Catholics have always been taught that we must follow our conscience. But an unfortunate reality of modern culture is that many Catholics today have a poorly formed conscience. How well is your conscience formed? Well, let's find out.
"Conscience," the Catechism of the Catholic Church teaches, "is a judgment of reason whereby the human person recognizes the moral quality of a concrete act that he is going to perform, is in the process of performing or has already completed."
In other words, as we previously learned about natural law, your conscience is that small voice inside you that warns when something is wrong or tells you when something is right. When, after diligent reflection, we are morally certain something is the right thing to do, we must follow our conscience.
Many people in the world today like to claim that conscience is a formation of thought based merely on a person's culture or religious belief system. This couldn't be further from the truth, as the principles of conscience are not of human origin.
Each human person has in his heart a law naturally inscribed by God. The conscience is the most secret inner core of man and is part of his soul's ability to know truth. We aren't aware of our conscience from the brain, a mere human organ, but from the movement of the soul. Neither a neurologist nor a scientist can tell us what part of the brain governs the conscience because, as an organ, the brain is incapable of judging the difference between good and evil.
We are solely responsible for all our actions before Almighty God because He gave us the gift of an intellect to know and a free will to choose the good. We must use them for the purpose for which we were created; that is, to know, love, and serve God in this life so we can be forever happy with Him in the next. To use the intellect and free will for anything contrary to God's law is an abuse of these gifts. In other words, using the mind and will to commit sin is itself sinful.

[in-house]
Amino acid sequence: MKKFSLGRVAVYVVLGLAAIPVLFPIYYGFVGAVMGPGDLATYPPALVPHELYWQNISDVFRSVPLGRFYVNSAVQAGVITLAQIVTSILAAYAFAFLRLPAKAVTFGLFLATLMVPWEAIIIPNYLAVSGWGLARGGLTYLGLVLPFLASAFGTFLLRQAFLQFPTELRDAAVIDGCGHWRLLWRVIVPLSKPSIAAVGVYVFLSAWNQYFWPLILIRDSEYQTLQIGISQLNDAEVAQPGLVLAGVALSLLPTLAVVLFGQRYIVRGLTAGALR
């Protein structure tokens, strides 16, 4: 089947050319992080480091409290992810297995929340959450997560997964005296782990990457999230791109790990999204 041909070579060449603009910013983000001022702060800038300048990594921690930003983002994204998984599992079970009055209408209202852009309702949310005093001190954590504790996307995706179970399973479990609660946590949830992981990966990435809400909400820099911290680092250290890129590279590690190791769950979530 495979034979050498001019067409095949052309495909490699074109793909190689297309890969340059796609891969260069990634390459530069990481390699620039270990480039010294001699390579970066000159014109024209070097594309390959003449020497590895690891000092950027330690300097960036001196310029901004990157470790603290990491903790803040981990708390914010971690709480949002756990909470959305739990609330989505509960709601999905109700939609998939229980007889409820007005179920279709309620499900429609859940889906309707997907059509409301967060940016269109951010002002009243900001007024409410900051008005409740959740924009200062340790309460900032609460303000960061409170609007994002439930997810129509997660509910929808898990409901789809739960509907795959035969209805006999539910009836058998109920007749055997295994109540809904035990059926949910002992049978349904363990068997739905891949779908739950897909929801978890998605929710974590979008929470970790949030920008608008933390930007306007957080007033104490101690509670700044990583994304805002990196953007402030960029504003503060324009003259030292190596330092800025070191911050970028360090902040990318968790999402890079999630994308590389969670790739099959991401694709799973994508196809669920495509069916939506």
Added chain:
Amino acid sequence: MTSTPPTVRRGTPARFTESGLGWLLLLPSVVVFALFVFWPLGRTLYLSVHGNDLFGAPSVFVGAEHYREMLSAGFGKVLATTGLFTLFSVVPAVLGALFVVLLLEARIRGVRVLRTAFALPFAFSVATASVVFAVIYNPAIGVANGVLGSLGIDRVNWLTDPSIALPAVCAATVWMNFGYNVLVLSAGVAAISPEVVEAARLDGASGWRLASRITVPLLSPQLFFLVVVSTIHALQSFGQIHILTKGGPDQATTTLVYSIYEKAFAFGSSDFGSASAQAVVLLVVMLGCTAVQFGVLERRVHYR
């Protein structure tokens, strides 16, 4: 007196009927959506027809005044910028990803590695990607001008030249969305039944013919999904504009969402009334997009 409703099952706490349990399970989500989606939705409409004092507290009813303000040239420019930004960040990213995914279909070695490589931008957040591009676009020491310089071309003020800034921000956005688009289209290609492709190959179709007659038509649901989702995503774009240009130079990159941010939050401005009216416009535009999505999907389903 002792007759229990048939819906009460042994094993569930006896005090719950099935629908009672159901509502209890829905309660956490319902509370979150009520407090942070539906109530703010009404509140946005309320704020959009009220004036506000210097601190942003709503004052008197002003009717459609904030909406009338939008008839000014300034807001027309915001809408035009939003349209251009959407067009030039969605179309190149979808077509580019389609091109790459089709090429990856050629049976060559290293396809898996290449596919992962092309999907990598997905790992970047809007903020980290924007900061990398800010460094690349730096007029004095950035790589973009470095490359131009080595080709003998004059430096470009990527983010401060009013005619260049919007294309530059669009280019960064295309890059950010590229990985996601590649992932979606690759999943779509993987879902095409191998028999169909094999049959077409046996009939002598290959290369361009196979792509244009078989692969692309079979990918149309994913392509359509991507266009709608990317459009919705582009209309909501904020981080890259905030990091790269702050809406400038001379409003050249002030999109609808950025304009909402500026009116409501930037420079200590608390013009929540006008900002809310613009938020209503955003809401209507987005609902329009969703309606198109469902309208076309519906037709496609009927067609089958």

There are four kinds of conscience you or I might have formed: a correct conscience, a doubtful conscience, a scrupulous conscience and a lax conscience.
A correct conscience, which is what we all should want, is one that conforms to the natural law, the divine law and the Church's moral teachings. We form a right conscience by studying God's moral code as it's authoritatively taught by the Church (cf. Luke 10:16). By learning and understanding Christian morality, and with the aid we ask from the Holy Spirit, we can form a conscience that will lead us to sanctity and salvation.
A doubtful conscience is one that cannot decide for or against the morality of an act. One must either refrain from acting or resolve the doubt. We may never act upon a doubtful conscience because it is a sin to do so. Don't yield to the temptation to be your own god.
A scrupulous conscience is one that is constantly in doubt. It's in dread of sin when none exists or in dread of mortal sin when the sin is only venial. The ordinary cure for a scrupulous conscience is obedience to a good and wise confessor. Absent such obedience, a person with a scrupulous conscience may eventually have to seek help from a competent mental health professional who understands the tenets of Catholicism.